Salary Expectations for NetSuite Team Members

Candidates vs. Clients: Dealing with Salary Expectations

How Should You Set Salaries for NetSuite Team Members?

​Probably the most common question I’m asked when a candidate reaches out to us seeking employment is “What’s the market rate for my role at the moment?” Clients have their own version – “What price am I looking for to get a NetSuite consultant with these skills?” Salary expectations are one of the biggest points of potential conflict, because neither side has a perfect understanding of the market at any given time.

There obviously isn’t just one set answer to either of those questions but if there was, it would change regularly. There are better questions to be asking.

How Should You Set Salaries for NetSuite Team Members?

As a recruiter, I work closely with decision makers on all levels of companies of every size. A Director I’ve worked with on many placements said to me once “The trick is simple. Good companies want good people. They pay good money and they look after their team.”

This is absolutely true, and it’s probably the most important thing to remember.

Let’s imagine you have a NetSuite administrator role and you find a candidate willing to drop their current salary by 10%.

The first question you should be asking is why? Are they relocating to somewhere with a lower cost of living? Do they see a chance to progress their career that they lack in their current role? Is there something wrong where they are?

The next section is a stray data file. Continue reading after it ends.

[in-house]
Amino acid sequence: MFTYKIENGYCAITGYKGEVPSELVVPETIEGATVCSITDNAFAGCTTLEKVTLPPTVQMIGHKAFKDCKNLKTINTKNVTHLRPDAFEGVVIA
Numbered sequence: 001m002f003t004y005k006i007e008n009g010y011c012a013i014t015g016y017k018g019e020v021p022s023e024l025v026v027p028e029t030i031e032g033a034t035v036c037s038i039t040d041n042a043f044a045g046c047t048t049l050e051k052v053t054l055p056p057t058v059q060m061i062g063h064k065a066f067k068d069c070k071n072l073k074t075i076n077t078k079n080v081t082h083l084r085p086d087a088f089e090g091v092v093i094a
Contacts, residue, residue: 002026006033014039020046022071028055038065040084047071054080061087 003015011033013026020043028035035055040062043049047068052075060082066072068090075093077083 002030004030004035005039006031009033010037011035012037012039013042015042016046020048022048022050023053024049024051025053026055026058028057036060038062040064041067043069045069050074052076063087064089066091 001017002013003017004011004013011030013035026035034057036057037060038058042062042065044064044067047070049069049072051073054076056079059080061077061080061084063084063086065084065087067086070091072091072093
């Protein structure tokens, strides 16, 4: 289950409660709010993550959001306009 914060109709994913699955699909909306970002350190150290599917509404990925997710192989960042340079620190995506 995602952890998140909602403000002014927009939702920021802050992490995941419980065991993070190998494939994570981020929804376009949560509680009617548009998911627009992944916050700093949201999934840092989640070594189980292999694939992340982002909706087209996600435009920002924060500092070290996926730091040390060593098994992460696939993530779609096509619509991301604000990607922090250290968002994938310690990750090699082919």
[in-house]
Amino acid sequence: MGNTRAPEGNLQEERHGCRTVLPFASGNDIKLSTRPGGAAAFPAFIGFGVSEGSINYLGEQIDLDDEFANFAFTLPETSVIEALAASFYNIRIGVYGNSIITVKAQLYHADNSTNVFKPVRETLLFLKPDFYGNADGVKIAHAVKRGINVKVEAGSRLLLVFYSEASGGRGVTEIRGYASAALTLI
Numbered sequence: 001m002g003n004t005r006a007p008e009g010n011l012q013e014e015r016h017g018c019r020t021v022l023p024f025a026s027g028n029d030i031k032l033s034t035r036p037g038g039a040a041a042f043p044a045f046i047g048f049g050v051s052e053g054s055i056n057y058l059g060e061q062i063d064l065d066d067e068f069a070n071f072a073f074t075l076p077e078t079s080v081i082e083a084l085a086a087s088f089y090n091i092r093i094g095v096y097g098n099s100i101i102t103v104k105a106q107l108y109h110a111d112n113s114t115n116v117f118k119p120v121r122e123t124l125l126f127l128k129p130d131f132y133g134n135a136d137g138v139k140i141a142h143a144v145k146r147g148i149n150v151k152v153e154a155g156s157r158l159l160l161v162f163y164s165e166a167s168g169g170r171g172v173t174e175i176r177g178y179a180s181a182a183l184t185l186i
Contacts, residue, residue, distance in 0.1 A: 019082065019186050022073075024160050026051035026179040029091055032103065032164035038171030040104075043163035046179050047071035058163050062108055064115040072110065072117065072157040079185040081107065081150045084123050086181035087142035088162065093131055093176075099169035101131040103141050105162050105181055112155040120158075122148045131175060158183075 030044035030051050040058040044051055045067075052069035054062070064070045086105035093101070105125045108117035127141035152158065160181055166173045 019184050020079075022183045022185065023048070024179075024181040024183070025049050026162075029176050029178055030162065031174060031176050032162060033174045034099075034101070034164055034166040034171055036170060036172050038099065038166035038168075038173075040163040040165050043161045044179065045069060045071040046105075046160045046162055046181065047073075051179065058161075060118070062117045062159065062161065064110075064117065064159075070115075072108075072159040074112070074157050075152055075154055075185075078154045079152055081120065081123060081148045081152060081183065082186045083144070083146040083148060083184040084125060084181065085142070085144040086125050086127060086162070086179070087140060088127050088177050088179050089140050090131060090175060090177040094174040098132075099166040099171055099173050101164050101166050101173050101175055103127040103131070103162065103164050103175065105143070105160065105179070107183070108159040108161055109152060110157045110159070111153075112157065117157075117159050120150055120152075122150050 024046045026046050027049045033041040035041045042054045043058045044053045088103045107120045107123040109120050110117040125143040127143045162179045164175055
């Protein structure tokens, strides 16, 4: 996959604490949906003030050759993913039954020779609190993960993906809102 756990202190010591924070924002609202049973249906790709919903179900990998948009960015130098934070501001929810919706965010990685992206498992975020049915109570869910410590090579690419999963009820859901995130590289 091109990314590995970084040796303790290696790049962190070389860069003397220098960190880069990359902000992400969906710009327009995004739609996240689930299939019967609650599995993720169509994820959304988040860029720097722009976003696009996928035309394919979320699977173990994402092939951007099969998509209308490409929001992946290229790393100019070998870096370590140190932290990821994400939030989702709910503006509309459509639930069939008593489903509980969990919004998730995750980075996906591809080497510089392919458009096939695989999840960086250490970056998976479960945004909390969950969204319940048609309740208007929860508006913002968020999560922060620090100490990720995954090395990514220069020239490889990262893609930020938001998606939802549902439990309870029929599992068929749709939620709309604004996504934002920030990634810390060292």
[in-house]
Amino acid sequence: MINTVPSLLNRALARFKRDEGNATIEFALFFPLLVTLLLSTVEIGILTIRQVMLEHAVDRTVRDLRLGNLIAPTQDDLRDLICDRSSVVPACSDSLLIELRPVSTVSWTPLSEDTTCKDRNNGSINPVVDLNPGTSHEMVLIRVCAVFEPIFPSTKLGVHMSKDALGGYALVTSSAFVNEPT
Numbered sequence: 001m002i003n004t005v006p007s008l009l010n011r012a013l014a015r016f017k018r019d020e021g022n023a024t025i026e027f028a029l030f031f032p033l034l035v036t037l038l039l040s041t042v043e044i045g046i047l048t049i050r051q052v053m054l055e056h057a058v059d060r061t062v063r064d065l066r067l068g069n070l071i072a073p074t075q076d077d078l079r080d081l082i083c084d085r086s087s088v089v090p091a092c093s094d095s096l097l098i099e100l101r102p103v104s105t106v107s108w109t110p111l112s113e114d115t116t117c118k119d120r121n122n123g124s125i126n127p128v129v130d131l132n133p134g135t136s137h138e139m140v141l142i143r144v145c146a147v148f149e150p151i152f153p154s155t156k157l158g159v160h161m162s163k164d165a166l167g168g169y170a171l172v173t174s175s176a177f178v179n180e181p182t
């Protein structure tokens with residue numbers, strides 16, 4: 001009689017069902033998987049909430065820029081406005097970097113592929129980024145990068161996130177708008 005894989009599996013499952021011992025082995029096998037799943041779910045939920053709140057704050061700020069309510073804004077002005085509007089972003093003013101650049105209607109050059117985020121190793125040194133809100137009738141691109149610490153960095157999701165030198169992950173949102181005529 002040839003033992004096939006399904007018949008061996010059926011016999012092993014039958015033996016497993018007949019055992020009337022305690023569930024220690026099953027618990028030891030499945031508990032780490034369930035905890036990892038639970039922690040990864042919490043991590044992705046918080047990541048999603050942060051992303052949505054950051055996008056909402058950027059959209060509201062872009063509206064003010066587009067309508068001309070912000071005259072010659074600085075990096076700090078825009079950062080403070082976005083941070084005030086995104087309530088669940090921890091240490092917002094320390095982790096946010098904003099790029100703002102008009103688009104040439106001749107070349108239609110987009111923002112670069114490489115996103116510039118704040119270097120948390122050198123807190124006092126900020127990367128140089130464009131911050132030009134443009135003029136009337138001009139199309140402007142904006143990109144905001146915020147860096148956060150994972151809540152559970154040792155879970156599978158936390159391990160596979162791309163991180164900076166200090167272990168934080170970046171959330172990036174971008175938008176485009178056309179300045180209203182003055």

Virtually none of those reasons will guarantee long-term satisfaction with that salary. Six months down the line, a highly skilled employee may be approached by a competitor for a role with them; even if they stay loyal, having seen a better salary offer may make them wonder about leaving. You could have a resignation email in your inbox inside a month.

This isn’t the only problem with trying to undercut the value of your potential candidates. You can see excellent candidates end negotiations abruptly if the first offer is low enough, costing you time and money in the interview process before they deliver.

Statistically, a bad hire costs a company on average thirty times what was spent on on-boarding, training, and paying them.

My job as a recruiter is to advise and support the hire process on behalf of both client and candidate. If you can’t match the salary expectations for the role, you will need to offer something else that will make up for it.

Salary expectations will shift over time, but they’re only part of the puzzle in NetSuite recruitment.